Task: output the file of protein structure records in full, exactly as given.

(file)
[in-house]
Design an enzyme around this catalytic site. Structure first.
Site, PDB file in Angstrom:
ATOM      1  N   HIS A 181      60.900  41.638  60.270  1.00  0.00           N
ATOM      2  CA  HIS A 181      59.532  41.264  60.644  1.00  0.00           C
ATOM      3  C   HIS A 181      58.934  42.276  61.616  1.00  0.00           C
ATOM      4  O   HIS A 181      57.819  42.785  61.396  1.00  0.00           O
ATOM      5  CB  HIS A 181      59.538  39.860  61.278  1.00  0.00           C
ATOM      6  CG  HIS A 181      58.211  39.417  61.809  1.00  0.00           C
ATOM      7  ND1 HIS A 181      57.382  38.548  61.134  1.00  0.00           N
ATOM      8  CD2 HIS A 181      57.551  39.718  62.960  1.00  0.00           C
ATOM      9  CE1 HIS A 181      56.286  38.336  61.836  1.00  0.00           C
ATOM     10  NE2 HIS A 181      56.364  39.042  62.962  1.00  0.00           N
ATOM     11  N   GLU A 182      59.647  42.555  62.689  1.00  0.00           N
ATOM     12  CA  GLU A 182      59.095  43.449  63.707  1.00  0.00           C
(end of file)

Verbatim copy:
[in-house]
Design an enzyme around this catalytic site. Structure first.
Site, PDB file in Angstrom:
ATOM      1  N   HIS A 181      60.900  41.638  60.270  1.00  0.00           N
ATOM      2  CA  HIS A 181      59.532  41.264  60.644  1.00  0.00           C
ATOM      3  C   HIS A 181      58.934  42.276  61.616  1.00  0.00           C
ATOM      4  O   HIS A 181      57.819  42.785  61.396  1.00  0.00           O
ATOM      5  CB  HIS A 181      59.538  39.860  61.278  1.00  0.00           C
ATOM      6  CG  HIS A 181      58.211  39.417  61.809  1.00  0.00           C
ATOM      7  ND1 HIS A 181      57.382  38.548  61.134  1.00  0.00           N
ATOM      8  CD2 HIS A 181      57.551  39.718  62.960  1.00  0.00           C
ATOM      9  CE1 HIS A 181      56.286  38.336  61.836  1.00  0.00           C
ATOM     10  NE2 HIS A 181      56.364  39.042  62.962  1.00  0.00           N
ATOM     11  N   GLU A 182      59.647  42.555  62.689  1.00  0.00           N
ATOM     12  CA  GLU A 182      59.095  43.449  63.707  1.00  0.00           C